Sussex enduring wretched white ball summer
Not everything in life goes to plan. I'm sure when Kate Middleton was a little girl she didn't envisage 300 journalists huddling around the hospital she was in as she gave birth to her first child. Such is life in mad, 21st century Britain.
When the county season started back in early April, many picked Sussex to win at least one of the limited overs trophies on offer. But after a wretched summer of white ball cricket Sussex are rock bottom of the South Group in the Friends Life t20, with only a solitary win to their name. Defeat to unfancied Kent recently was the final nail in a coffin that was already almost completely submerged in the dirt.
It's been a bizarre set of results for a side whose top order reads, well, that's been the problem hasn't it? We just haven't been able to settle on a fixed top order. Luke Wright has missed games with injury, club captain Ed Joyce has been rested, whilst Chris Nash, Scott Styris and Dwayne Smith have all moved up and down the batting order more frequently than Phil Hughes for Australia, without much more success. Smith in particular has struggled, his nine innings yielding 4, 21, 26 not out, 12, 5, 16, 0, 25, 1, at an average of just 13.75.
I mentioned in an earlier blog that we might be a little light on bowling options, after Smith replaced the crocked Australian bowler, John Hastings. Unfortunately those concerns have borne fruit. Chris Jordan, so good in first-class cricket this year, hasn't carried the same threat with white ball in hand, and with Championship duo Steve Magoffin and Jimmy Anyon rested, some of Sussex's younger bowlers have been required. Chris Liddle, taking 11 wickets at 25, has been particularly impressive, but alas it's not been enough to progress beyond the group stages.
I saw our CEO, Zac Toumazi, prowling the Cromwell Road End boundary during one T20 games recently. He was very obliging as I started wittering away to him, although I was clearly distracting him from the important business going on in the middle. Zac seems very passionate and proud about his role at Sussex, living every ball through our brief conversation. Even though the limited overs campaigns haven't gone to plan, Zac said he would be delighted to lead Sussex up to Buckingham Palace as Championship winners later this year, and there's still a very good chance of that happening.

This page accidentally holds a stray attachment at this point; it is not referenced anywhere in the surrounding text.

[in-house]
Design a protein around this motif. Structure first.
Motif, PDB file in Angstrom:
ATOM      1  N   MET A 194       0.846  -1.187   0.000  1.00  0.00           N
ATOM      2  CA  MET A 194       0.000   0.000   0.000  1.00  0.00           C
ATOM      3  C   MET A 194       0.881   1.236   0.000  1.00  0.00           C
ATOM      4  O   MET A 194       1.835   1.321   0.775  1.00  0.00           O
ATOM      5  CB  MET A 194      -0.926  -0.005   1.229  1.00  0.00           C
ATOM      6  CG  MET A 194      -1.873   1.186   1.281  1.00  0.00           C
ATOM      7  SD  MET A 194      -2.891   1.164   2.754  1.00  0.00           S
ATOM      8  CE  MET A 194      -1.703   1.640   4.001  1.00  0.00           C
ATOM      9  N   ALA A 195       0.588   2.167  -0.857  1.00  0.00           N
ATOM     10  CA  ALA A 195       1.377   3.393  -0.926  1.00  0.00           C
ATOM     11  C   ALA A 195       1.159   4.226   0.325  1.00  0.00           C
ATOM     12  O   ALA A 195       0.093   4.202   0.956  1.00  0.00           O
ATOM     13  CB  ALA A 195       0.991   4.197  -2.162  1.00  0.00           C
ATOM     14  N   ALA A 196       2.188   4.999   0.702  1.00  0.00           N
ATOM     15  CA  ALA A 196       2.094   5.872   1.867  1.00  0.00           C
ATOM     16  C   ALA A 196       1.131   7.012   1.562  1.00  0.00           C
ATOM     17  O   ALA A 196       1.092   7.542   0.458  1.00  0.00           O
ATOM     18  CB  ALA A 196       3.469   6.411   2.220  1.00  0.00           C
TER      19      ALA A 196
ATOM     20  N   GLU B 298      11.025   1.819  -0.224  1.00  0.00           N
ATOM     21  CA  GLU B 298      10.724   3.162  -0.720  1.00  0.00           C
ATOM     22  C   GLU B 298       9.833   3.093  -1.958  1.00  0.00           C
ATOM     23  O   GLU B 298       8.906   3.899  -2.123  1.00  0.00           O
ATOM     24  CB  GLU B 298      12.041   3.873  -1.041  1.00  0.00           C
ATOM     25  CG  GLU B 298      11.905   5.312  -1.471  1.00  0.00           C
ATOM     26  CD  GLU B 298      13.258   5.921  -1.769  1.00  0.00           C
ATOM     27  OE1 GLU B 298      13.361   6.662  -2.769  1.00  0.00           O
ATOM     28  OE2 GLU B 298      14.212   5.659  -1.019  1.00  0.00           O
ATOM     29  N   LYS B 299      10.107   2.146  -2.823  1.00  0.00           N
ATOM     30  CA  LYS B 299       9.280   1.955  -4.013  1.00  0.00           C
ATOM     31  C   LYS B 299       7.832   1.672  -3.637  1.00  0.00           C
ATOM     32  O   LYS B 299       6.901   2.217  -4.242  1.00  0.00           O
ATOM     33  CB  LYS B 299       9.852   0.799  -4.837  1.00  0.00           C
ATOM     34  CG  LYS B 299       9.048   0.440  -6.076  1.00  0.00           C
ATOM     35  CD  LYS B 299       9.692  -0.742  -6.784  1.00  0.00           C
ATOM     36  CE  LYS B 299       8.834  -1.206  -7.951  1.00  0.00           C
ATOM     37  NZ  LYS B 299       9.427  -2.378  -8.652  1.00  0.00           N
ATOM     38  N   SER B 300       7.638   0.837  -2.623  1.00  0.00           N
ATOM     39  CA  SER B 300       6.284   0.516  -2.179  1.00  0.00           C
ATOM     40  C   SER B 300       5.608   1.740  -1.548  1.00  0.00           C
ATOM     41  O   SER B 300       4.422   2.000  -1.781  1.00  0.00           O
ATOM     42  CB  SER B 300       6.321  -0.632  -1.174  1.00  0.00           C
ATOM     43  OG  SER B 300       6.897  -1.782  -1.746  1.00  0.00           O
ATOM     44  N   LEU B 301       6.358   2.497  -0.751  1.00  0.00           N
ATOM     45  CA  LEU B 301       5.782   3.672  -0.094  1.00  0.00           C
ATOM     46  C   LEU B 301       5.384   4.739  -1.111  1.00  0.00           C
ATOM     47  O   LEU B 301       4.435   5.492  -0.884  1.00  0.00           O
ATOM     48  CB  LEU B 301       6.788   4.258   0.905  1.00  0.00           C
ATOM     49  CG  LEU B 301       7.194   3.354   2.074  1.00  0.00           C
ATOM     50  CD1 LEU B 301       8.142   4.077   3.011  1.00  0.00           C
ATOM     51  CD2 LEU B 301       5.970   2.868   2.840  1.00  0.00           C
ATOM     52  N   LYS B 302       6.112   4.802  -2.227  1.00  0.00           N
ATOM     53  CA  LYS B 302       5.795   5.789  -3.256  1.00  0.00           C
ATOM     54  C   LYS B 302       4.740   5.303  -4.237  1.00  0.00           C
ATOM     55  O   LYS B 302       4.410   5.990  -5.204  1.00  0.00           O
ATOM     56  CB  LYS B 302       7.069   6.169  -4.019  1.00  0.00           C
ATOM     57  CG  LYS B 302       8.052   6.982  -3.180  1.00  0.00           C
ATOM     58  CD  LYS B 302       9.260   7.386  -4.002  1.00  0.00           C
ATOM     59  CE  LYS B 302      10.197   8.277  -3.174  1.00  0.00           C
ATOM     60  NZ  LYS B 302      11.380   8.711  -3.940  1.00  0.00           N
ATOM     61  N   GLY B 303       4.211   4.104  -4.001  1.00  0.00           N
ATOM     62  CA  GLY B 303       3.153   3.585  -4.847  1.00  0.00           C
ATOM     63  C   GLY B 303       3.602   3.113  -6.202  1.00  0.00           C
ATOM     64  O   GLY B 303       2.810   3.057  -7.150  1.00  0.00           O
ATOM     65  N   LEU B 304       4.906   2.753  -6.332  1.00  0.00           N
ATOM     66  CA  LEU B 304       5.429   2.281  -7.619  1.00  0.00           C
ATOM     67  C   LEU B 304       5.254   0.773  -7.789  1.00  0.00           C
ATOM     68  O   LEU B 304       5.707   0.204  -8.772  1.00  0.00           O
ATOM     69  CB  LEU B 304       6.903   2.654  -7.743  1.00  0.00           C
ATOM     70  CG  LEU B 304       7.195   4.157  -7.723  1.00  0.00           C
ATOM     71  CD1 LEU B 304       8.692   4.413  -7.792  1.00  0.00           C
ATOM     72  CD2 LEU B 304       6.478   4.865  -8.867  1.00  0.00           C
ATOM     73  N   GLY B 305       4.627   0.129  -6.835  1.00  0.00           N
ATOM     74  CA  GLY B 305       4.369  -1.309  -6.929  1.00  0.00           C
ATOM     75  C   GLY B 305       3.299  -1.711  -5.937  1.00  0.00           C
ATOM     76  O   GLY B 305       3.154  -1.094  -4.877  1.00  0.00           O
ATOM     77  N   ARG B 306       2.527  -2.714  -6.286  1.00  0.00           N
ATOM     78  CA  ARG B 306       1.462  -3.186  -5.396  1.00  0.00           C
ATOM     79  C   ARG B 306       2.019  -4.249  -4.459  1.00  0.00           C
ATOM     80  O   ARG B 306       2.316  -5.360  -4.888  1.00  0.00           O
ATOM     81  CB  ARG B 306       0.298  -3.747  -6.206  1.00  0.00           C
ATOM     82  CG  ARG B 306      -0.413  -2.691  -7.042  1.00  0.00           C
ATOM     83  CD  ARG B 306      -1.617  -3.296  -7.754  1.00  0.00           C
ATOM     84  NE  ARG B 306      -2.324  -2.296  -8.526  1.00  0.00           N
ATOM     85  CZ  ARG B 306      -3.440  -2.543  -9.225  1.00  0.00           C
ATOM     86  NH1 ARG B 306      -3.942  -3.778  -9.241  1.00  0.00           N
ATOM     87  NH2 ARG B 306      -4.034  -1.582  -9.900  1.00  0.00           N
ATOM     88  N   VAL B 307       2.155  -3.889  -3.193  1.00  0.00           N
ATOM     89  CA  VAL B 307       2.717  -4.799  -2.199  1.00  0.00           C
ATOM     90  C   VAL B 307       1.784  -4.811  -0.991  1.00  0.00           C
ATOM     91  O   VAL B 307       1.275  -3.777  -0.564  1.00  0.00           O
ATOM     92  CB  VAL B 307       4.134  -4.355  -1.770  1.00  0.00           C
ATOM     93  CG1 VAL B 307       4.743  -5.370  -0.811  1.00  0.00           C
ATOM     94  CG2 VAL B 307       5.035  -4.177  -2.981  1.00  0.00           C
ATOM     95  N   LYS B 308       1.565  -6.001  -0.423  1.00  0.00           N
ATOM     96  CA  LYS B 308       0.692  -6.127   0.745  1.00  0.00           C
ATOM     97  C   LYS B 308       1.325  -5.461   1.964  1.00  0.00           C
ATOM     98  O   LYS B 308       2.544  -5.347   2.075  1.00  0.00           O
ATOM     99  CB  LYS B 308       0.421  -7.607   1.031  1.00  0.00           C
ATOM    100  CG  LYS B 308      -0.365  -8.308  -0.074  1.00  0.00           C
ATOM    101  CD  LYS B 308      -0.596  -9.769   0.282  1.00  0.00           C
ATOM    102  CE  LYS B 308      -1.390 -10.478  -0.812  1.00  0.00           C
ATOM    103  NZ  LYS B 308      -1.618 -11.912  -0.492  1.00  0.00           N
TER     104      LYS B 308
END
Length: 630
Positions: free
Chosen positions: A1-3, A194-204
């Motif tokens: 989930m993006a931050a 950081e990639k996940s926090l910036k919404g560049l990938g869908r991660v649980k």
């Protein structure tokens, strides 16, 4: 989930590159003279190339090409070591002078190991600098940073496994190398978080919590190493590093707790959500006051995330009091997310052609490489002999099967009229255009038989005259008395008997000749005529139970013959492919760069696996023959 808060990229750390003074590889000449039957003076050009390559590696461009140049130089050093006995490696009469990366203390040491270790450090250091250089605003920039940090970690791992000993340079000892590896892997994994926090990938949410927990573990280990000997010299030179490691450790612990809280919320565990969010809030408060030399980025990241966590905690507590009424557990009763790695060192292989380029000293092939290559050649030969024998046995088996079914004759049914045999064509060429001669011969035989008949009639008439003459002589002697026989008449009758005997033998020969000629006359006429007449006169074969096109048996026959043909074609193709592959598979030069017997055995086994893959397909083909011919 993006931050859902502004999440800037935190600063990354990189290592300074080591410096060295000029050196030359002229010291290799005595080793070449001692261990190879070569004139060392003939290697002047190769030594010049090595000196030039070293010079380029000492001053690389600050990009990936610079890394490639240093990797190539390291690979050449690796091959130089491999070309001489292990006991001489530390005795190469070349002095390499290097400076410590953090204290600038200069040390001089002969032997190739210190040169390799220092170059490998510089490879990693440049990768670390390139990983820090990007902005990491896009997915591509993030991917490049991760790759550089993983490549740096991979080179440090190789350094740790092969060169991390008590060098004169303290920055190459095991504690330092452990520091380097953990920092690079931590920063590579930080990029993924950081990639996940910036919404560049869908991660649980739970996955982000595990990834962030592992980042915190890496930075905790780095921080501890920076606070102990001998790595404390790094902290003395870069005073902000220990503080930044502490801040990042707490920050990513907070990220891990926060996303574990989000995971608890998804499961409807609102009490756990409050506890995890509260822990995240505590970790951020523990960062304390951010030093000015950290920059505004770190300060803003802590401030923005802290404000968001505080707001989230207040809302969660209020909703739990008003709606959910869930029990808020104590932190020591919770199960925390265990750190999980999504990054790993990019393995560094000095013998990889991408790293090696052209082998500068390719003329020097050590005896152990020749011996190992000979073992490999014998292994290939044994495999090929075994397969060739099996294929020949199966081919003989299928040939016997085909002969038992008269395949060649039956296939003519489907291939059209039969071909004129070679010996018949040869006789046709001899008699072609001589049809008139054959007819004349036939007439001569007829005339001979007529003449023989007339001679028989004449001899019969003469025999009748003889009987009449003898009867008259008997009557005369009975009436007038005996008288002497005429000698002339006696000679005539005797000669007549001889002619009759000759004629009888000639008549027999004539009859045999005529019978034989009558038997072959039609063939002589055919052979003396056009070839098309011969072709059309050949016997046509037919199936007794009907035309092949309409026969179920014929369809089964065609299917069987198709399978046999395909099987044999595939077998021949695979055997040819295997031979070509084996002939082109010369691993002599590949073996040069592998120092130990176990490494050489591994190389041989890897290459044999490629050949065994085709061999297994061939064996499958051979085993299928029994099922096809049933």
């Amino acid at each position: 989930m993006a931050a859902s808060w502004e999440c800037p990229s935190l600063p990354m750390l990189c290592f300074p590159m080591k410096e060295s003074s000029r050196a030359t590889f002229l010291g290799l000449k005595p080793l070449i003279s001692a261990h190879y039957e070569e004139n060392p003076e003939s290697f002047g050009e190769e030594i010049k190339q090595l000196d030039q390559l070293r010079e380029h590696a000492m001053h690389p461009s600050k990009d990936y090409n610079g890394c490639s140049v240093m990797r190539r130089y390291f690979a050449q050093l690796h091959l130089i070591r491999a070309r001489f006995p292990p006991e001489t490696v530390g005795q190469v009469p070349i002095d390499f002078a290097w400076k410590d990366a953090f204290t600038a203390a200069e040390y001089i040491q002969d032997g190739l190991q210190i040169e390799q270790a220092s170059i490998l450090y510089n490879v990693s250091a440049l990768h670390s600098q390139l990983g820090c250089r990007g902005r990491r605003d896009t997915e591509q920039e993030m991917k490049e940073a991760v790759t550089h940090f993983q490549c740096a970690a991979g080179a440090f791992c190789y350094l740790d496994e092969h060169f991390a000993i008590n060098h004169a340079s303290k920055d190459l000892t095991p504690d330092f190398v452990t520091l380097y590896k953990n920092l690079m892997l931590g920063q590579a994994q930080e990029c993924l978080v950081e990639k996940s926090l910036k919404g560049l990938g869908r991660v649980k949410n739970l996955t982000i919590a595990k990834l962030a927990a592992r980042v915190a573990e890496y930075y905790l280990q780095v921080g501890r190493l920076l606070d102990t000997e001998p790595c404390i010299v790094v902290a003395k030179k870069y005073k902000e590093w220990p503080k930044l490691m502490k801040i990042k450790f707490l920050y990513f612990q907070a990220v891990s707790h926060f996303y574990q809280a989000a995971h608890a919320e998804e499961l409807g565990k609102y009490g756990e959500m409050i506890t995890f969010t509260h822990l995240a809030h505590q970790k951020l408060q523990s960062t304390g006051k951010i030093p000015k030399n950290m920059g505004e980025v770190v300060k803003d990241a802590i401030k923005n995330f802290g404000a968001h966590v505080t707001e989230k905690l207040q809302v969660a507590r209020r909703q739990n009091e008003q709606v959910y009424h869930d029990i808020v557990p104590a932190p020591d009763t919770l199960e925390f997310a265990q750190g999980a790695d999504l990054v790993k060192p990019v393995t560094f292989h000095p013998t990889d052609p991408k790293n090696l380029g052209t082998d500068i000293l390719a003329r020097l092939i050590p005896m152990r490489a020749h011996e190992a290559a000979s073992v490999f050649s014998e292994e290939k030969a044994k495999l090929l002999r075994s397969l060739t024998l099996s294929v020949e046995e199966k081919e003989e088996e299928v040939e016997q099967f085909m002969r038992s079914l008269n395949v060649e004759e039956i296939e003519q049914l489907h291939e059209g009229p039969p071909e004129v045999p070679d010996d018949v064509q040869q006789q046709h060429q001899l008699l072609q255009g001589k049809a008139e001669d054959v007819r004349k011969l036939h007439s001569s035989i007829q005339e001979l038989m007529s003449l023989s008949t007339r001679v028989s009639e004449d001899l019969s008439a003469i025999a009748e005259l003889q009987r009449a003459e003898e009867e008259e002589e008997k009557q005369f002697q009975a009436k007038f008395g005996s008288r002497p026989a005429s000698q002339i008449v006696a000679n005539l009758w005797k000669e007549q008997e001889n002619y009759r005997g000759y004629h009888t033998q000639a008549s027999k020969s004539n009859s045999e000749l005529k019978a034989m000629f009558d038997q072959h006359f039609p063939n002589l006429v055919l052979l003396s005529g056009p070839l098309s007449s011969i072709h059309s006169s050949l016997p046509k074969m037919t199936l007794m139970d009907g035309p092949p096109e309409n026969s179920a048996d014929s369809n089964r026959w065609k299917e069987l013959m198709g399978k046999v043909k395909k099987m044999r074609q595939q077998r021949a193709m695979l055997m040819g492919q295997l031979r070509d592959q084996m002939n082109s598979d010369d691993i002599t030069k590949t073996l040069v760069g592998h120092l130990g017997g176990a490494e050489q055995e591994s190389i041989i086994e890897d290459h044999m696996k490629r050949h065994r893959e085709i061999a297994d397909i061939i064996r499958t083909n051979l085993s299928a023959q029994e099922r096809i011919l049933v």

The heavy defeat to Middlesex at Hove was not ideal with the Championship in mind, both because they are title rivals, and because it ended our unbeaten start to the season. Sometimes a side gets the measure of you during a campaign. We've beaten Somerset pretty emphatically home and away this year, while Middlesex have had us by the throat both times we've met them. That we don't have to play them again is a blessed relief.
The one constant in both of those two Middlesex matches was the form of batsman Luke Wright. Wright hit a career best 187 at Lord's helping us to save the match, whilst his 161 at Hove briefly looked like salvaging an unlikely draw on day three. Okay, a very unlikely draw, but it was a fantastic knock nonetheless. Wright's form in first-class cricket has been superb this season, adapting his style superbly from the one-day flair we're used to seeing from him. He may feel he's some way off England's Test side, but a strong end to the season and another good campaign next year, and he won't be a million miles away.
It was also great to see the Aussies at Hove for their customary tour match. The weather was superb and there was some terrific batting on show (yes, even from the Baggy Greens), none more so than James Taylor, who hit an impressive unbeaten 121. To play as fluently as Taylor did against an international attack - albeit one containing more spin than a Labour government - was a superb effort, and if that knock helps his cause for England than credit should go to Sussex coach Mark Robinson for allowing Taylor's appearance to happen.
The middle looked exceptionally dry against Australia, after the stunning weather we've experienced in July. While the dryness is conducive to spin and Monty Panesar, taking three wickets against the Aussies, has shown what he can do on dry, spinning wickets, our seam attack of Anyon, Magoffin and Jordan, could do with a bit of precipitation on the square to give them a bit more assistance off the pitch.
Our Flt20 campaign is over, as is the Yorkshire Bank 40, so it's time to re-focus on our Championship campaign. Sussex have many of the main contenders still to play, with trips to Warwickshire and Durham preceding our last two games at home to Yorkshire and Durham again. Whoever wins the title is going to have played outstandingly well in what has been a hugely competitive campaign this year. May the best team win.
Tom Huelin also writes for a county cricket website, Deep Extra Cover, and describes himself as a left-arm spinner of no repute. He tweets here